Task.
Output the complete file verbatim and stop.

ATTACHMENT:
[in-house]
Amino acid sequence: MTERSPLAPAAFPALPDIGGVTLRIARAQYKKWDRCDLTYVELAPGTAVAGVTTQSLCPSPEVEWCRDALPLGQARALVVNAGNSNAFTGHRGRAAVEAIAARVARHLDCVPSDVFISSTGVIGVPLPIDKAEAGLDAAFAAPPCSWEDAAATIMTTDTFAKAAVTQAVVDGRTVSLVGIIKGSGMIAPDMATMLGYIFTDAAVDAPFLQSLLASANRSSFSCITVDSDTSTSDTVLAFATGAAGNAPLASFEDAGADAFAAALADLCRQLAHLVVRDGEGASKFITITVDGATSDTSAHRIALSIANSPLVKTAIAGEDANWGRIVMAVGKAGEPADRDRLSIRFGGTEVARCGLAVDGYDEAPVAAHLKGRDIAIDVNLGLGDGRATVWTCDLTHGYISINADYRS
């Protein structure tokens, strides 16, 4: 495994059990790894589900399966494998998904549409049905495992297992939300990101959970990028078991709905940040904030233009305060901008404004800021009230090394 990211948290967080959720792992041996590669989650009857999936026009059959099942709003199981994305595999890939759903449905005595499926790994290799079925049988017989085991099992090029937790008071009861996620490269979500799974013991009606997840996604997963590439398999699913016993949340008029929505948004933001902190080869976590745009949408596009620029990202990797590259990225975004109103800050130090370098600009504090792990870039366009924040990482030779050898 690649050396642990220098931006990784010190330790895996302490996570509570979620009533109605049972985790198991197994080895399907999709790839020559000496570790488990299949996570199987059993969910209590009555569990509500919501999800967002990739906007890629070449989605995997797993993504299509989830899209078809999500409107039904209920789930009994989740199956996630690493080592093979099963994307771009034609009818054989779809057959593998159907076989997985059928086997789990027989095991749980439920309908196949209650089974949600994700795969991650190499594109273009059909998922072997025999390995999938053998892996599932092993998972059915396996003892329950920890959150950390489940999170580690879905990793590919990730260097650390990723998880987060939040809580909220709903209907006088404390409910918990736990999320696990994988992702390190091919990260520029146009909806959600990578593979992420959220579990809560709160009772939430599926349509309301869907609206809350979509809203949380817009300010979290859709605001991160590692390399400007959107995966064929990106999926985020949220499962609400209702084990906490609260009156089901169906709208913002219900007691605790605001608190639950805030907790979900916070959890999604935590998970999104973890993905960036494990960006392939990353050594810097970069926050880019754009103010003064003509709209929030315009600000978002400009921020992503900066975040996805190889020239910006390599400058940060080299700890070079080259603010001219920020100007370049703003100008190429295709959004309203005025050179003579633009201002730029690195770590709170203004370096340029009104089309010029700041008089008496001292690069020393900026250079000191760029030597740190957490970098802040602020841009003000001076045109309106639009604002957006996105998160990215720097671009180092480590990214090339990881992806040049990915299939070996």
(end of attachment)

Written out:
[in-house]
Amino acid sequence: MTERSPLAPAAFPALPDIGGVTLRIARAQYKKWDRCDLTYVELAPGTAVAGVTTQSLCPSPEVEWCRDALPLGQARALVVNAGNSNAFTGHRGRAAVEAIAARVARHLDCVPSDVFISSTGVIGVPLPIDKAEAGLDAAFAAPPCSWEDAAATIMTTDTFAKAAVTQAVVDGRTVSLVGIIKGSGMIAPDMATMLGYIFTDAAVDAPFLQSLLASANRSSFSCITVDSDTSTSDTVLAFATGAAGNAPLASFEDAGADAFAAALADLCRQLAHLVVRDGEGASKFITITVDGATSDTSAHRIALSIANSPLVKTAIAGEDANWGRIVMAVGKAGEPADRDRLSIRFGGTEVARCGLAVDGYDEAPVAAHLKGRDIAIDVNLGLGDGRATVWTCDLTHGYISINADYRS
């Protein structure tokens, strides 16, 4: 495994059990790894589900399966494998998904549409049905495992297992939300990101959970990028078991709905940040904030233009305060901008404004800021009230090394 990211948290967080959720792992041996590669989650009857999936026009059959099942709003199981994305595999890939759903449905005595499926790994290799079925049988017989085991099992090029937790008071009861996620490269979500799974013991009606997840996604997963590439398999699913016993949340008029929505948004933001902190080869976590745009949408596009620029990202990797590259990225975004109103800050130090370098600009504090792990870039366009924040990482030779050898 690649050396642990220098931006990784010190330790895996302490996570509570979620009533109605049972985790198991197994080895399907999709790839020559000496570790488990299949996570199987059993969910209590009555569990509500919501999800967002990739906007890629070449989605995997797993993504299509989830899209078809999500409107039904209920789930009994989740199956996630690493080592093979099963994307771009034609009818054989779809057959593998159907076989997985059928086997789990027989095991749980439920309908196949209650089974949600994700795969991650190499594109273009059909998922072997025999390995999938053998892996599932092993998972059915396996003892329950920890959150950390489940999170580690879905990793590919990730260097650390990723998880987060939040809580909220709903209907006088404390409910918990736990999320696990994988992702390190091919990260520029146009909806959600990578593979992420959220579990809560709160009772939430599926349509309301869907609206809350979509809203949380817009300010979290859709605001991160590692390399400007959107995966064929990106999926985020949220499962609400209702084990906490609260009156089901169906709208913002219900007691605790605001608190639950805030907790979900916070959890999604935590998970999104973890993905960036494990960006392939990353050594810097970069926050880019754009103010003064003509709209929030315009600000978002400009921020992503900066975040996805190889020239910006390599400058940060080299700890070079080259603010001219920020100007370049703003100008190429295709959004309203005025050179003579633009201002730029690195770590709170203004370096340029009104089309010029700041008089008496001292690069020393900026250079000191760029030597740190957490970098802040602020841009003000001076045109309106639009604002957006996105998160990215720097671009180092480590990214090339990881992806040049990915299939070996």